E.g., I would like to look like some people at my gym, but (a) they are 20 years younger than me, so that isn't feasible, and (b) they are there every morning at 5 AM, and I am not.  I can use their work ethic and level of effort as inspiration to improve my own -- but I still need to keep my expectations in check about the kind of results I can expect.

Tl;dr:  Role models are great, as long as they inspire you to focus on what you can do and not what you can't.

Freedom Invested

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Re: Seeking Wisdom
« Reply #13 on: May 15, 2017, 02:31:50 PM »
A big reason why I have been so successful at saving and investing is comparing myself to others on this blog and forum.

So isn't this the key -- compare yourself to those who are good role models?  Not in terms of comparing at a single point in time, but looking at how they did it, the sacrifices and tradeoffs they made, and then adjusting that to suit your own abilities/circumstances.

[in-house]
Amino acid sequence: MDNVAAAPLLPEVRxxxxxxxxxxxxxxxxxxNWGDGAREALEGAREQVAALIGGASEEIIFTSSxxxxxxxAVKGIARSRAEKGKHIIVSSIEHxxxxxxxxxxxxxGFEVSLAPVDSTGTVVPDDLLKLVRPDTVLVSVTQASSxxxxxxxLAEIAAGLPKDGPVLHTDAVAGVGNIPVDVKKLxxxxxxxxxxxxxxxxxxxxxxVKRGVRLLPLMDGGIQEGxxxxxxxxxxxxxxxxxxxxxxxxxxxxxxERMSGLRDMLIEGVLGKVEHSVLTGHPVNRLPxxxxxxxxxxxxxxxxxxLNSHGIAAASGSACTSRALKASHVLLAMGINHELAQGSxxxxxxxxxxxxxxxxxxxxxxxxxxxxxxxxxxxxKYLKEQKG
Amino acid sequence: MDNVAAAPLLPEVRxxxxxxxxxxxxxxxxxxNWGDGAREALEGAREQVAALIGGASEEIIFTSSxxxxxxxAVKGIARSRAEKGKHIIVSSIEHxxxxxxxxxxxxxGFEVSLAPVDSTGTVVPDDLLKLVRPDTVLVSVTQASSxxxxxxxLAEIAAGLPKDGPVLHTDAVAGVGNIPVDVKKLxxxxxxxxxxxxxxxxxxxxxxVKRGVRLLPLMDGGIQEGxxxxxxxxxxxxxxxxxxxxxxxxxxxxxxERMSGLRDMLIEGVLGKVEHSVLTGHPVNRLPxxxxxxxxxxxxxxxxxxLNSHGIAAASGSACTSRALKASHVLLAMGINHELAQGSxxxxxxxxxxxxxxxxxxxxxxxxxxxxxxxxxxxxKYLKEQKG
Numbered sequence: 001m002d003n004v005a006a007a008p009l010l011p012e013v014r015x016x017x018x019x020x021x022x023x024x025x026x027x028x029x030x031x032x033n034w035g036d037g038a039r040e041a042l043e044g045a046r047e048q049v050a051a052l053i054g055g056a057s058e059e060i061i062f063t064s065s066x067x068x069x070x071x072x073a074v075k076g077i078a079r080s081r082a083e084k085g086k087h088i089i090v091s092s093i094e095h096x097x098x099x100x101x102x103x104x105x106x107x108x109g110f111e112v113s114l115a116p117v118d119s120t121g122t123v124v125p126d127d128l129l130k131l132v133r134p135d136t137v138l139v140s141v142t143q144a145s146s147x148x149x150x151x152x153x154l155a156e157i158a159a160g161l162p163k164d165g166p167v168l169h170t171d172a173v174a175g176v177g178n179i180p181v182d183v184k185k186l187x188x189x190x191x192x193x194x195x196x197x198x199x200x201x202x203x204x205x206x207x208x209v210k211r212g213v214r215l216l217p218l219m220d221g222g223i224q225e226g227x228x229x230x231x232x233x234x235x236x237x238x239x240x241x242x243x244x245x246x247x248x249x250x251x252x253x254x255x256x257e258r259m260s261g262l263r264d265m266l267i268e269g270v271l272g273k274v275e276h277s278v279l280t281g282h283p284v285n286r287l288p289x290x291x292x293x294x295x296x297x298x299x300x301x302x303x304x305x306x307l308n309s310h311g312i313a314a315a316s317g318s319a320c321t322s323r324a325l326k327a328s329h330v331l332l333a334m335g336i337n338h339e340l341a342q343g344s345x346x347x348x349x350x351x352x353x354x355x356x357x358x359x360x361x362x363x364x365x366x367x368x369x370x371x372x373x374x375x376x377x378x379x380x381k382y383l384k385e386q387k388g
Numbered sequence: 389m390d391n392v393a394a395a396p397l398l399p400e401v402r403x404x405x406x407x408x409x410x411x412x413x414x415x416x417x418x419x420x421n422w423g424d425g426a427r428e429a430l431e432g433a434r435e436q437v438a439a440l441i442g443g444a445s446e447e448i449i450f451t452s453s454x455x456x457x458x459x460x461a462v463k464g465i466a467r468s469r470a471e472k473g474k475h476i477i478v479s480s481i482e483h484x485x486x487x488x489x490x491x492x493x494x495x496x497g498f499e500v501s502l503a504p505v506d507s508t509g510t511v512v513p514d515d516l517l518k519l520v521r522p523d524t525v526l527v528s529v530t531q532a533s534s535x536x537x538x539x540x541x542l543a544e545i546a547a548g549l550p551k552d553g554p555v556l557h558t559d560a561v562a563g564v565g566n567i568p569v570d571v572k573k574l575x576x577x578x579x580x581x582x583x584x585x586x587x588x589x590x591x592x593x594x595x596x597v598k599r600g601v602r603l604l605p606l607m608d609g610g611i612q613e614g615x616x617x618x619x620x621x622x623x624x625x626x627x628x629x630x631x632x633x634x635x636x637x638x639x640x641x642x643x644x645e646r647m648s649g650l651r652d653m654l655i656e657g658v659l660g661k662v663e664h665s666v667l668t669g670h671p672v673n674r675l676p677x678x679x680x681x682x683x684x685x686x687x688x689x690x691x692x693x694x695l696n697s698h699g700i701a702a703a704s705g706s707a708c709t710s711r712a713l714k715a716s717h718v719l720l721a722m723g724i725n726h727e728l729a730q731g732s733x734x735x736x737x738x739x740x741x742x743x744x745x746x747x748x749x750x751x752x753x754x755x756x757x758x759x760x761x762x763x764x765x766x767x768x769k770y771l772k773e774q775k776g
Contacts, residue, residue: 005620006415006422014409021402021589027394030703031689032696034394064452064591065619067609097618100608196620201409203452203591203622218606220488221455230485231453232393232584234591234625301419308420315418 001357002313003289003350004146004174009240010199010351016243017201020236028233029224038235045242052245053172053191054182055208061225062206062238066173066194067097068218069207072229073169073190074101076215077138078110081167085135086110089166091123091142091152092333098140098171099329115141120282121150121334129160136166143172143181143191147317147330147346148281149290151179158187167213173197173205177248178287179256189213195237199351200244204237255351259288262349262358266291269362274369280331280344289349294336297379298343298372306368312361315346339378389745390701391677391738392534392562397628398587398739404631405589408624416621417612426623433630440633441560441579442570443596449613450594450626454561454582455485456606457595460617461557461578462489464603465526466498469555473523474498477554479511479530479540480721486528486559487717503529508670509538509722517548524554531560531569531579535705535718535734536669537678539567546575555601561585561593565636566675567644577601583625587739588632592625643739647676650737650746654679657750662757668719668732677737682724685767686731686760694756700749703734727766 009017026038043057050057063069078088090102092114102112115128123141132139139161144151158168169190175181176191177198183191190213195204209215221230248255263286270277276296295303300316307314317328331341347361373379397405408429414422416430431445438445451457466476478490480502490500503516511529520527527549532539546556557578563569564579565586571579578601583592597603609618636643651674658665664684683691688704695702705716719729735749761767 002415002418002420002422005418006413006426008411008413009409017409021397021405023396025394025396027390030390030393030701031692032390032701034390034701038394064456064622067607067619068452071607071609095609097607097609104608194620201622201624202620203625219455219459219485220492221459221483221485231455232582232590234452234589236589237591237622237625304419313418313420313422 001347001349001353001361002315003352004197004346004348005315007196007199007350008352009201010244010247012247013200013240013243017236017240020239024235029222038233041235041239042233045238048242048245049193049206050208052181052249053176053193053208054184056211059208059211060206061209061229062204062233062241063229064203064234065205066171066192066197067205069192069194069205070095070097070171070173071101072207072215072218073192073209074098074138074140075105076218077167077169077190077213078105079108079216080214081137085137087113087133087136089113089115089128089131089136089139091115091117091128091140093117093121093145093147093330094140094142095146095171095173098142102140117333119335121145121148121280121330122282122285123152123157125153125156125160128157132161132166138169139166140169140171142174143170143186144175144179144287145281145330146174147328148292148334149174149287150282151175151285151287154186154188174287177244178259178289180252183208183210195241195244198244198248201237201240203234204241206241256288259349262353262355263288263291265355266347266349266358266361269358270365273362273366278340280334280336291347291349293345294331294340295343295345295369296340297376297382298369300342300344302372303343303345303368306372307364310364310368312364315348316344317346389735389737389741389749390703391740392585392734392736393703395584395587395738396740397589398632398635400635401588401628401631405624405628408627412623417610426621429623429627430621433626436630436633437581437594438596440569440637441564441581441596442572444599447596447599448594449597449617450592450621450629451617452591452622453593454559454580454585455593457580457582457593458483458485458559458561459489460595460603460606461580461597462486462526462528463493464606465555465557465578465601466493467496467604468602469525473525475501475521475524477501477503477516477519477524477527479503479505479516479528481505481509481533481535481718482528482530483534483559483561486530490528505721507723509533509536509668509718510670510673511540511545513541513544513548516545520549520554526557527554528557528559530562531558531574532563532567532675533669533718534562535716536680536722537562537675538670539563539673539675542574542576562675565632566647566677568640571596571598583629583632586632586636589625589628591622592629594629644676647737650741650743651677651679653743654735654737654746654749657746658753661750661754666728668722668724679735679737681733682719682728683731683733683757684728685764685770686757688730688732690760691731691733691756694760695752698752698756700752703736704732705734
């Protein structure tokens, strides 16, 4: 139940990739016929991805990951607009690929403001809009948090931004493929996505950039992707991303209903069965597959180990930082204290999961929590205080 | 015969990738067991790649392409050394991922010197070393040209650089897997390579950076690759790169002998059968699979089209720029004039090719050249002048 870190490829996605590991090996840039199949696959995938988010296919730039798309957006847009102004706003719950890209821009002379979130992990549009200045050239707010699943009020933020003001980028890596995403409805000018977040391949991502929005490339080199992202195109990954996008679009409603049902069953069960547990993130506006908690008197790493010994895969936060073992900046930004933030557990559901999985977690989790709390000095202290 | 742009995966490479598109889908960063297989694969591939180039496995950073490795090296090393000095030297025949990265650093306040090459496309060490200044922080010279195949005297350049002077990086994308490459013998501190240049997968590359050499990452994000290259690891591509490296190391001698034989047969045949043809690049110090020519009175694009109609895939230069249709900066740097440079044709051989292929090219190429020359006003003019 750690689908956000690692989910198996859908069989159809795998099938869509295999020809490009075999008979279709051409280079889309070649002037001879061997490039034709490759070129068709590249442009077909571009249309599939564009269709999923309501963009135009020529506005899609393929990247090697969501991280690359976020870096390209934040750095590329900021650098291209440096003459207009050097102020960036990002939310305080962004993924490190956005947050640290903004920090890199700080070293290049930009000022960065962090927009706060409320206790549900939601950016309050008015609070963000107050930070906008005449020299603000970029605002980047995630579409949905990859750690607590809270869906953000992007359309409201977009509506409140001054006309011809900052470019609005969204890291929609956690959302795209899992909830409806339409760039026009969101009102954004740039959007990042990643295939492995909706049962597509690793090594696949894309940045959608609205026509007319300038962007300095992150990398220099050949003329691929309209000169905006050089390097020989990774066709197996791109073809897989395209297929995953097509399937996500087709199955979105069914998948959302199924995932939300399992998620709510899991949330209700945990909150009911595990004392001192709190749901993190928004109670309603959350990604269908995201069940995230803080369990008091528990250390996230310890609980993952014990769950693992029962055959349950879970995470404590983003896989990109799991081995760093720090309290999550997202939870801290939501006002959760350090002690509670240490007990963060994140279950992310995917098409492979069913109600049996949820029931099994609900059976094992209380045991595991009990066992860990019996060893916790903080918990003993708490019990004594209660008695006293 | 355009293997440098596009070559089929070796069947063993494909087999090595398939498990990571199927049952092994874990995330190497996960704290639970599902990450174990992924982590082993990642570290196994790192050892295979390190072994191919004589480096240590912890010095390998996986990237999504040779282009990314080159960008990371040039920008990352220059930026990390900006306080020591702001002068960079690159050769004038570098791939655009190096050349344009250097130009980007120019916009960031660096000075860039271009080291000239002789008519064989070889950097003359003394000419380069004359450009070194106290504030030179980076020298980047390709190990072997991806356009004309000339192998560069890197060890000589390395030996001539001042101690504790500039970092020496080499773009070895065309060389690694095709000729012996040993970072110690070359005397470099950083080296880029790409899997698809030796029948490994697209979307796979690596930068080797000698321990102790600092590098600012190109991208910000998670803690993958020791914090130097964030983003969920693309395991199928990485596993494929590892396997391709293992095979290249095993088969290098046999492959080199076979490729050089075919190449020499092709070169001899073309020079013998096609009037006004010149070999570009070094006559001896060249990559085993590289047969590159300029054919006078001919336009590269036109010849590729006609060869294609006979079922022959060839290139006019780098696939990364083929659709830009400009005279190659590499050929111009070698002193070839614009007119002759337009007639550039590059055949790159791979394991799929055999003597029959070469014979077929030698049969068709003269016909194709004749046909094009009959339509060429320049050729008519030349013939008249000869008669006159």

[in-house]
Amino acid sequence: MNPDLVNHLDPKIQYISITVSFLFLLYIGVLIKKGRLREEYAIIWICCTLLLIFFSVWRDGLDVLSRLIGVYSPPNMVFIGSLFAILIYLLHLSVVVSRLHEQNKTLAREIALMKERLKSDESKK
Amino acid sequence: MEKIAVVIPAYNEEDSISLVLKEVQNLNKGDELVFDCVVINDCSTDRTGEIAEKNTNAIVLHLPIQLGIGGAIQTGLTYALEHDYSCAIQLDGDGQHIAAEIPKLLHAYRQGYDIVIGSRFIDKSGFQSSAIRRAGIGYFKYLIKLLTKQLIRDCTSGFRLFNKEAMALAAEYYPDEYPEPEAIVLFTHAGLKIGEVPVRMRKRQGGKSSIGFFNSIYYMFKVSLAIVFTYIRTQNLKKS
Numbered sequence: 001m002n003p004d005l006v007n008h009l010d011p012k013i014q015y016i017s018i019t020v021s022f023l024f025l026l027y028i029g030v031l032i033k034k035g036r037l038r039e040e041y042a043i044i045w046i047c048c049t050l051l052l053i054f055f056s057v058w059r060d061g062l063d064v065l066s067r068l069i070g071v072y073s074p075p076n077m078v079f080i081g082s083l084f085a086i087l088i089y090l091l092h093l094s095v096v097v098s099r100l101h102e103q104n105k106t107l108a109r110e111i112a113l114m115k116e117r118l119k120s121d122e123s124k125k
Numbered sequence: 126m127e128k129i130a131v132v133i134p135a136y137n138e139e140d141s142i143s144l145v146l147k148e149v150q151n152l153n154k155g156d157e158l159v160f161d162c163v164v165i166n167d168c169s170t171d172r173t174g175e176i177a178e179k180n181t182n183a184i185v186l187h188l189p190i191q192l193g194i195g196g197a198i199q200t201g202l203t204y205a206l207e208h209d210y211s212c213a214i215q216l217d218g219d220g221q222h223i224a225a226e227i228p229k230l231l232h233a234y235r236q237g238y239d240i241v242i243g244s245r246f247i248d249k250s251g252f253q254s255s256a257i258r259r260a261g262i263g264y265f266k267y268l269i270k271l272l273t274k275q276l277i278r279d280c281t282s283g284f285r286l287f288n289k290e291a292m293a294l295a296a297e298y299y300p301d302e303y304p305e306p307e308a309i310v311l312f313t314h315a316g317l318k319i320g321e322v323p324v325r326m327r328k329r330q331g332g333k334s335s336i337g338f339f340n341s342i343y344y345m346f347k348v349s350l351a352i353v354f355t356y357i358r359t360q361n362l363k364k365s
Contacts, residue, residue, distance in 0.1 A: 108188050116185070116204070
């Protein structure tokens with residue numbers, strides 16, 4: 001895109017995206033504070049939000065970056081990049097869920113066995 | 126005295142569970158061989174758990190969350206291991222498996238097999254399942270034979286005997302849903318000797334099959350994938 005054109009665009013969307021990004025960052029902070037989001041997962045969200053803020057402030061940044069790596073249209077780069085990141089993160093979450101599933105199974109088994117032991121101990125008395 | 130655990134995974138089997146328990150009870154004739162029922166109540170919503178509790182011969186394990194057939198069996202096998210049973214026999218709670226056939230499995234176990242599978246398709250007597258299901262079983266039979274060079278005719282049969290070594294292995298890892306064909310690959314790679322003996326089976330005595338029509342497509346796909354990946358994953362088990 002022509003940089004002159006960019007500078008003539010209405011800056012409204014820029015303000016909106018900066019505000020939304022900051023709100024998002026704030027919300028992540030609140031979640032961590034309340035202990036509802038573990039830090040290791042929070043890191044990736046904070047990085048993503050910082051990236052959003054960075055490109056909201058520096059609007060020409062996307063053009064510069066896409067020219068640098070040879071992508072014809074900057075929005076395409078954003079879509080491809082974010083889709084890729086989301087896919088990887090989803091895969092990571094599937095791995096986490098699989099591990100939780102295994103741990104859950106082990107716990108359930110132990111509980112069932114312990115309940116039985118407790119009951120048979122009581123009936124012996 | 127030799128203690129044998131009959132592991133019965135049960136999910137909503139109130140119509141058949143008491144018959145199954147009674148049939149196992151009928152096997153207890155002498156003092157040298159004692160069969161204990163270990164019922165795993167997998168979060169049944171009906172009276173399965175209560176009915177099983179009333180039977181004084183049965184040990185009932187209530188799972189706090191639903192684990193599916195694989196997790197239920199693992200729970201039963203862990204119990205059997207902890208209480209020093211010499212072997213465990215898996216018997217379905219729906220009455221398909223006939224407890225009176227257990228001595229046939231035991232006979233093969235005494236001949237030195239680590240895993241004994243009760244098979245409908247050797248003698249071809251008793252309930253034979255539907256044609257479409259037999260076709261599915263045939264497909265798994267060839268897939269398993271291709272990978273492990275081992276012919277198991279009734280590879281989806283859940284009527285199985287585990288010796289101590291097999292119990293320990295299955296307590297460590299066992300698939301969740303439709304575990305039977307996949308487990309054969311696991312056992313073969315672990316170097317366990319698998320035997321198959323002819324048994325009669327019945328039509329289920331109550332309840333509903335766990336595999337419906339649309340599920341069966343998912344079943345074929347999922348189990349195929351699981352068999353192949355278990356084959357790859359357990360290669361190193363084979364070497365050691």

E.g., I would like to look like some people at my gym, but (a) they are 20 years younger than me, so that isn't feasible, and (b) they are there every morning at 5 AM, and I am not.  I can use their work ethic and level of effort as inspiration to improve my own -- but I still need to keep my expectations in check about the kind of results I can expect.

Tl;dr:  Role models are great, as long as they inspire you to focus on what you can do and not what you can't.

Right. As long as it is constructive comparison, it is good.

I'll continue to work on adopting a more positive attitude. :)

Proud Foot

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Re: Seeking Wisdom